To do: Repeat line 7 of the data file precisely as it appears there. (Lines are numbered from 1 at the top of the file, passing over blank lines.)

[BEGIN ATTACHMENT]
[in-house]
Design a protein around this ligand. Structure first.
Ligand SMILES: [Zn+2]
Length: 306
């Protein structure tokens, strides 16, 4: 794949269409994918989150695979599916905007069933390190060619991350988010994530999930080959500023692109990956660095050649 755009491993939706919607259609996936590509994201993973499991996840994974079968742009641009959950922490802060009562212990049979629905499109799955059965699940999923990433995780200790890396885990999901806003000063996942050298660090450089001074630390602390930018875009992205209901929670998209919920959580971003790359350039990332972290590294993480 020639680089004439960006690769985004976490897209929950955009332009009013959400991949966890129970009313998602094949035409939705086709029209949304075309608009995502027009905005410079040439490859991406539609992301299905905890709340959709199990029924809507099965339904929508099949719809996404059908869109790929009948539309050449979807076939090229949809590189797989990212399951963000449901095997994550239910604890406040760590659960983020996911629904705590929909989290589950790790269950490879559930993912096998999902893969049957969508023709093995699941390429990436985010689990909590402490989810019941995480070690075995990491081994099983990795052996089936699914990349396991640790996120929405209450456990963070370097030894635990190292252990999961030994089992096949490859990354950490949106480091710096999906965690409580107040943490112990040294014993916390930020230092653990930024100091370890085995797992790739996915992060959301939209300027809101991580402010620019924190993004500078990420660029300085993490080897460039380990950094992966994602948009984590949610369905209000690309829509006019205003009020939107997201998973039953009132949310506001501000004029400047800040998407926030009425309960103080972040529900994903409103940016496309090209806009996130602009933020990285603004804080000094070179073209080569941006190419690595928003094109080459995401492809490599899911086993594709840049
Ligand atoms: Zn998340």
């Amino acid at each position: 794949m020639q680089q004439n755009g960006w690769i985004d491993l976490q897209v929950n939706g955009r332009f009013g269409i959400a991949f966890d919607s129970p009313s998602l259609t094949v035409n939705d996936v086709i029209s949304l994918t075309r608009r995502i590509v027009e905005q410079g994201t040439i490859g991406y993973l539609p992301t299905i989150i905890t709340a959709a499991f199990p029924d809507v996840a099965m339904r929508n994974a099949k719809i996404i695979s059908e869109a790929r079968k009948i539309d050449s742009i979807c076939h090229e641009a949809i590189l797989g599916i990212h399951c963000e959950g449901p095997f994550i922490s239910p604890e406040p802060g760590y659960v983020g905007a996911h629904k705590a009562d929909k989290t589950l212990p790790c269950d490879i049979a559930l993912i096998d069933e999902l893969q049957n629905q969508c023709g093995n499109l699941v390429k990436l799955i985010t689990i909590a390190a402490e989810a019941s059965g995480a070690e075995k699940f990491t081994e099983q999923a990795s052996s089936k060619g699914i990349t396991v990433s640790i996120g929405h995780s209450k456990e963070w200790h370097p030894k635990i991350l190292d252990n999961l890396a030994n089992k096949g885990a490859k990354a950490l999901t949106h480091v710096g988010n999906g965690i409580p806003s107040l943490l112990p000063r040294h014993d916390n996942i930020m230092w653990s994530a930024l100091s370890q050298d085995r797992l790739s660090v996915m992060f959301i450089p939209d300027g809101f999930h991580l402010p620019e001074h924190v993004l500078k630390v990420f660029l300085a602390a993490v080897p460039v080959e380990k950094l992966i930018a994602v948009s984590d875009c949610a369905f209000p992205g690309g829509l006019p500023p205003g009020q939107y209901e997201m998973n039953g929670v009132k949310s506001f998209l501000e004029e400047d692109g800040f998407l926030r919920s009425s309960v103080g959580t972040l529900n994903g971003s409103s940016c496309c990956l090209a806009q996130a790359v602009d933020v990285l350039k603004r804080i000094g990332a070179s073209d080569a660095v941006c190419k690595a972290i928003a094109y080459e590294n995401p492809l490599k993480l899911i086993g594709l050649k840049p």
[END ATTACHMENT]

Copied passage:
């Amino acid at each position: 794949m020639q680089q004439n755009g960006w690769i985004d491993l976490q897209v929950n939706g955009r332009f009013g269409i959400a991949f966890d919607s129970p009313s998602l259609t094949v035409n939705d996936v086709i029209s949304l994918t075309r608009r995502i590509v027009e905005q410079g994201t040439i490859g991406y993973l539609p992301t299905i989150i905890t709340a959709a499991f199990p029924d809507v996840a099965m339904r929508n994974a099949k719809i996404i695979s059908e869109a790929r079968k009948i539309d050449s742009i979807c076939h090229e641009a949809i590189l797989g599916i990212h399951c963000e959950g449901p095997f994550i922490s239910p604890e406040p802060g760590y659960v983020g905007a996911h629904k705590a009562d929909k989290t589950l212990p790790c269950d490879i049979a559930l993912i096998d069933e999902l893969q049957n629905q969508c023709g093995n499109l699941v390429k990436l799955i985010t689990i909590a390190a402490e989810a019941s059965g995480a070690e075995k699940f990491t081994e099983q999923a990795s052996s089936k060619g699914i990349t396991v990433s640790i996120g929405h995780s209450k456990e963070w200790h370097p030894k635990i991350l190292d252990n999961l890396a030994n089992k096949g885990a490859k990354a950490l999901t949106h480091v710096g988010n999906g965690i409580p806003s107040l943490l112990p000063r040294h014993d916390n996942i930020m230092w653990s994530a930024l100091s370890q050298d085995r797992l790739s660090v996915m992060f959301i450089p939209d300027g809101f999930h991580l402010p620019e001074h924190v993004l500078k630390v990420f660029l300085a602390a993490v080897p460039v080959e380990k950094l992966i930018a994602v948009s984590d875009c949610a369905f209000p992205g690309g829509l006019p500023p205003g009020q939107y209901e997201m998973n039953g929670v009132k949310s506001f998209l501000e004029e400047d692109g800040f998407l926030r919920s009425s309960v103080g959580t972040l529900n994903g971003s409103s940016c496309c990956l090209a806009q996130a790359v602009d933020v990285l350039k603004r804080i000094g990332a070179s073209d080569a660095v941006c190419k690595a972290i928003a094109y080459e590294n995401p492809l490599k993480l899911i086993g594709l050649k840049p």